Mild adventurer. Prolific daydreamer. Always authentic.
Adventures

Dear Diary – A Little Out of Sorts

Dear Diary,

Every now and then I feel a little “out of sorts” like there’s too much to do and not enough hours in the day to get it all done. I feel overwhelmed and don’t know where to start, with what feels like an ever growing to-do list. I feel torn between the decision to do something enjoyable with my free time and actually doing what I need to do. I’m currently feeling “out of sorts”, a little lost, a lot distracted, and a tad vulnerable… I don’t have sign which says “Tread carefully” but perhaps I should.

Once upon time feeling “out of sorts” would send me into a tail spin, I’d shut down and revert to Bitch Mode snapping at people and shutting them down. I’d look for opportunities to make someone else feel as bad as I did, and that pass behaviour is something I regret. I know now that this feeling will pass, I just have to ride it out, and do what I need to stop things slipping any further. I am more aware now of what’s going on and what I need to do to feel secure and safe. My “out of sorts” feeling often reminds me of that moment just before pure mayhem strikes in the movies.

Once upon a time I’d survive practically holding my breath and hunching my shoulders. I’d wait for the day to be over so I could run home, and hide. This time around I’m making an effort to keep on keeping on, I’m visiting friends and heading to the Clevedon Farmers markets and still plodding away slowly with various to do lists. I’ve embraced the idea of calming cleansing deep breathing, and much to my surprise it does make me feel a little better.

It’s tricky though, with major uncertainty in some areas of my life it’s hard not to throw my hands up and run around in circle screaming, but I guess uncertain is what makes life…well life! I’ve learnt over the years how best to handle things like minor panic attacks*, uncertainty, major sudden change. 

For the most part, it’s remembering to keep finding time for the activities that help me feel relaxed and calm. It’s okay for that to include watching telly… it’s not a crime to relax and I shouldn’t feel guilty for doing so.

How I handle Panic Attacks:

  • Remind myself this is not life or death…. stay calm and try to remain rational.
  • Remind myself this is a panic attack, and I’m not actually about to die.
  • If I need to get out of the situation in order to feel better, then I do so.
  • Panic attacks generally peak in terms of intensity at 4mins and last up to about 10mins, I remind myself it will soon be over.
  • Take time to concentrate on my breathing, keeping it slow and steady. Breathing slowly in through my nose and out if slower through my mouth. When my abdomen moves in response to my breathing rather than my chest that’s when I know I’m achieving the right effect
  • I fight the feelings, as this tends to make me panic more. Just patiently wait it out, it will pass.
  • In order to stop my mind racing ahead and remind myself “just because I have a thought doesn’t make it true” I tend to when panicking internally find many faults with myself, and become my own worst enemy.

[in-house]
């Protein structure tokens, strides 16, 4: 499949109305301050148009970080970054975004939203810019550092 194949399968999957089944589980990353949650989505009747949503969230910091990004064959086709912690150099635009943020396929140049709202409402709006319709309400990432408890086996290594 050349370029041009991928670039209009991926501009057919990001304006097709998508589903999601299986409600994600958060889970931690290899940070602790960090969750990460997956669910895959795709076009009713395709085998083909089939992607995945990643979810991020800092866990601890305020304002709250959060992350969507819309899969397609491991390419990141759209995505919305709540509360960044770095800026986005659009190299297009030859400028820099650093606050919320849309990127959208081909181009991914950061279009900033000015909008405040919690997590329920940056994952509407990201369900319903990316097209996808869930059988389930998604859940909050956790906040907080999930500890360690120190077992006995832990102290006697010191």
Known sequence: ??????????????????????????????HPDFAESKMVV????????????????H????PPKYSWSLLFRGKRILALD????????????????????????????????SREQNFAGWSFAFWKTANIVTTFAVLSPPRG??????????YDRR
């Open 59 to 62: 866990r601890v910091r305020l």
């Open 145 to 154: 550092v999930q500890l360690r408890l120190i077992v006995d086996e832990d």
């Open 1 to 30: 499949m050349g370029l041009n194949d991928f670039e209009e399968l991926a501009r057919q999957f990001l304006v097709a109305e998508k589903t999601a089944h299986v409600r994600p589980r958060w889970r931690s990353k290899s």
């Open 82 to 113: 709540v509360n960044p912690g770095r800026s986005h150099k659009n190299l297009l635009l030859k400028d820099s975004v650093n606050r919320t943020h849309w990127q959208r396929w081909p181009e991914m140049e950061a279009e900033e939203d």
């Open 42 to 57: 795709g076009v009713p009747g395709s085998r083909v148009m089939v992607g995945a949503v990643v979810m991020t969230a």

Remember this is not life or death.

One of my scariest panic attacks happened on a night out with friends in my home town, I suddenly became extremely self conscious and concerned that the popular girls from high school (which was some time ago!) might see me and make fun of me (god only knows why). I worked myself up into state, and ended up sitting on the floor of toilet cubical literally pulling my hair and stifling back tears. Recognising I needed to get out of there, I calmed myself down as best I could and left. It was time to go home.

The problem was when all I wanted to do was go home, it proved impossible to get a taxi and the more I panicked the more unwanted attention from drunks I attracted. I walked down the main street for some time, trying to remain calm and still desperately trying to wave down a taxi. It was 3am and all I wanted to do was go home.

I had to do it. I’d never done it before it. I rang my Dad at 3:30am practically hysterical and ask him to come and pick me up. At over 27 years old I rang my Dad to rescue me… and of course he did.

The following morning I realised how important asking for help is, and how willing people actually are to give it. Asking for help is incredibly tricky but so is suffering in silence.

On my path to awesomeness I didn’t just stock up motivating quotes and tell myself to get over it, I recognised things (once again) weren’t right and that I was struggling. I made time to see my GP and have been prescribed medication, I followed the doctors instructions  and after so many months when I hadn’t noticed a change I went back. I take my medication religiously and make sure I take time to relax as the doctor suggested. I’ve attended Psychology sessions focusing on Cognitive Behavioural Therapy and am making sure I recognise and acknowledge when I’m feeling “out of sorts“.

If you do suffer panic attacks and haven’t seen a professional, I urge you to do so! I am clearly not a professional and anything I’ve written does not replace the advise of a professional.

Dee
xoxo

Join the discussion

  1. Rebecca

    I think you are brave in just being able to tell your story. I have had panic attacks and anxiety for years and still struggle to share my personal experiences with it. It’s people like you who make me realise I’m not the only one doing this and we don’t need to be alone in it! Xoxo your amazing Dee, please don’t stop sharing your journey. You are a big inspiration to me.

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